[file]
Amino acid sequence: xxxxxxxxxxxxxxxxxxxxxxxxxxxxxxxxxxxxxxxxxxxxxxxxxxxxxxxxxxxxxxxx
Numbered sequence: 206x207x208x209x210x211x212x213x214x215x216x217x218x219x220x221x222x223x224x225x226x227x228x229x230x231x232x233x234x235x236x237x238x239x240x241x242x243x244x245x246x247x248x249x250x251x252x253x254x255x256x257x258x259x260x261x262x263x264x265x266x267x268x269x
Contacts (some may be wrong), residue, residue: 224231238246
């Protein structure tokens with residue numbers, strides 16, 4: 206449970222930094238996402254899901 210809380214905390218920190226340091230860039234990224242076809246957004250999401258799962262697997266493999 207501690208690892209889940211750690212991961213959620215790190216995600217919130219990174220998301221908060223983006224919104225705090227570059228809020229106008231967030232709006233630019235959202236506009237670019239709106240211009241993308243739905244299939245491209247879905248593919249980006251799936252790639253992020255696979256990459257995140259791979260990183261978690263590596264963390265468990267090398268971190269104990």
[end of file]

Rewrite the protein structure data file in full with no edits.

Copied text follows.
Amino acid sequence: xxxxxxxxxxxxxxxxxxxxxxxxxxxxxxxxxxxxxxxxxxxxxxxxxxxxxxxxxxxxxxxx
Numbered sequence: 206x207x208x209x210x211x212x213x214x215x216x217x218x219x220x221x222x223x224x225x226x227x228x229x230x231x232x233x234x235x236x237x238x239x240x241x242x243x244x245x246x247x248x249x250x251x252x253x254x255x256x257x258x259x260x261x262x263x264x265x266x267x268x269x
Contacts (some may be wrong), residue, residue: 224231238246
């Protein structure tokens with residue numbers, strides 16, 4: 206449970222930094238996402254899901 210809380214905390218920190226340091230860039234990224242076809246957004250999401258799962262697997266493999 207501690208690892209889940211750690212991961213959620215790190216995600217919130219990174220998301221908060223983006224919104225705090227570059228809020229106008231967030232709006233630019235959202236506009237670019239709106240211009241993308243739905244299939245491209247879905248593919249980006251799936252790639253992020255696979256990459257995140259791979260990183261978690263590596264963390265468990267090398268971190269104990």